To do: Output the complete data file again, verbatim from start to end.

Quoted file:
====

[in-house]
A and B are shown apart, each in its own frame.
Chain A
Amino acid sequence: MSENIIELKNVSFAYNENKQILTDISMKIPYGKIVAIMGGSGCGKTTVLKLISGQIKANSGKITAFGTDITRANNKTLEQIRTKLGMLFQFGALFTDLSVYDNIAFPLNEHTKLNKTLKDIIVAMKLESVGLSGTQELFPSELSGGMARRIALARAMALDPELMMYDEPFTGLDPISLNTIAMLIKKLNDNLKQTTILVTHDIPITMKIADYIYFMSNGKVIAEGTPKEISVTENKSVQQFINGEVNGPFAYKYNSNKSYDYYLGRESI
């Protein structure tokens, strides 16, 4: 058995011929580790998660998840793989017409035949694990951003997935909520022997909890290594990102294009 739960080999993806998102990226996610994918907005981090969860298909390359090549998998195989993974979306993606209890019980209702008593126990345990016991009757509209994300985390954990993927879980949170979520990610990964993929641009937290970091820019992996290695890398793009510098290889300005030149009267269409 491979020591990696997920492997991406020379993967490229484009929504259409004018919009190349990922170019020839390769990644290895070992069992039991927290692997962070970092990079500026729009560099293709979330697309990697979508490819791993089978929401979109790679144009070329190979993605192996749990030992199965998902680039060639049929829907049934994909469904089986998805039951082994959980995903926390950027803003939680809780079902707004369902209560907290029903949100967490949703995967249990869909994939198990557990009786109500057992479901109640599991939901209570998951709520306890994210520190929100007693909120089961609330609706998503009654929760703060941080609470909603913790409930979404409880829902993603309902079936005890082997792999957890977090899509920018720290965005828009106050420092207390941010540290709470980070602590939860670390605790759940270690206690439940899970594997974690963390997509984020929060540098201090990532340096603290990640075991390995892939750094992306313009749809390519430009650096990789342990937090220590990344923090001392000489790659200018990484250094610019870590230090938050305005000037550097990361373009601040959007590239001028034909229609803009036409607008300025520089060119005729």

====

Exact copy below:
[in-house]
A and B are shown apart, each in its own frame.
Chain A
Amino acid sequence: MSENIIELKNVSFAYNENKQILTDISMKIPYGKIVAIMGGSGCGKTTVLKLISGQIKANSGKITAFGTDITRANNKTLEQIRTKLGMLFQFGALFTDLSVYDNIAFPLNEHTKLNKTLKDIIVAMKLESVGLSGTQELFPSELSGGMARRIALARAMALDPELMMYDEPFTGLDPISLNTIAMLIKKLNDNLKQTTILVTHDIPITMKIADYIYFMSNGKVIAEGTPKEISVTENKSVQQFINGEVNGPFAYKYNSNKSYDYYLGRESI
């Protein structure tokens, strides 16, 4: 058995011929580790998660998840793989017409035949694990951003997935909520022997909890290594990102294009 739960080999993806998102990226996610994918907005981090969860298909390359090549998998195989993974979306993606209890019980209702008593126990345990016991009757509209994300985390954990993927879980949170979520990610990964993929641009937290970091820019992996290695890398793009510098290889300005030149009267269409 491979020591990696997920492997991406020379993967490229484009929504259409004018919009190349990922170019020839390769990644290895070992069992039991927290692997962070970092990079500026729009560099293709979330697309990697979508490819791993089978929401979109790679144009070329190979993605192996749990030992199965998902680039060639049929829907049934994909469904089986998805039951082994959980995903926390950027803003939680809780079902707004369902209560907290029903949100967490949703995967249990869909994939198990557990009786109500057992479901109640599991939901209570998951709520306890994210520190929100007693909120089961609330609706998503009654929760703060941080609470909603913790409930979404409880829902993603309902079936005890082997792999957890977090899509920018720290965005828009106050420092207390941010540290709470980070602590939860670390605790759940270690206690439940899970594997974690963390997509984020929060540098201090990532340096603290990640075991390995892939750094992306313009749809390519430009650096990789342990937090220590990344923090001392000489790659200018990484250094610019870590230090938050305005000037550097990361373009601040959007590239001028034909229609803009036409607008300025520089060119005729």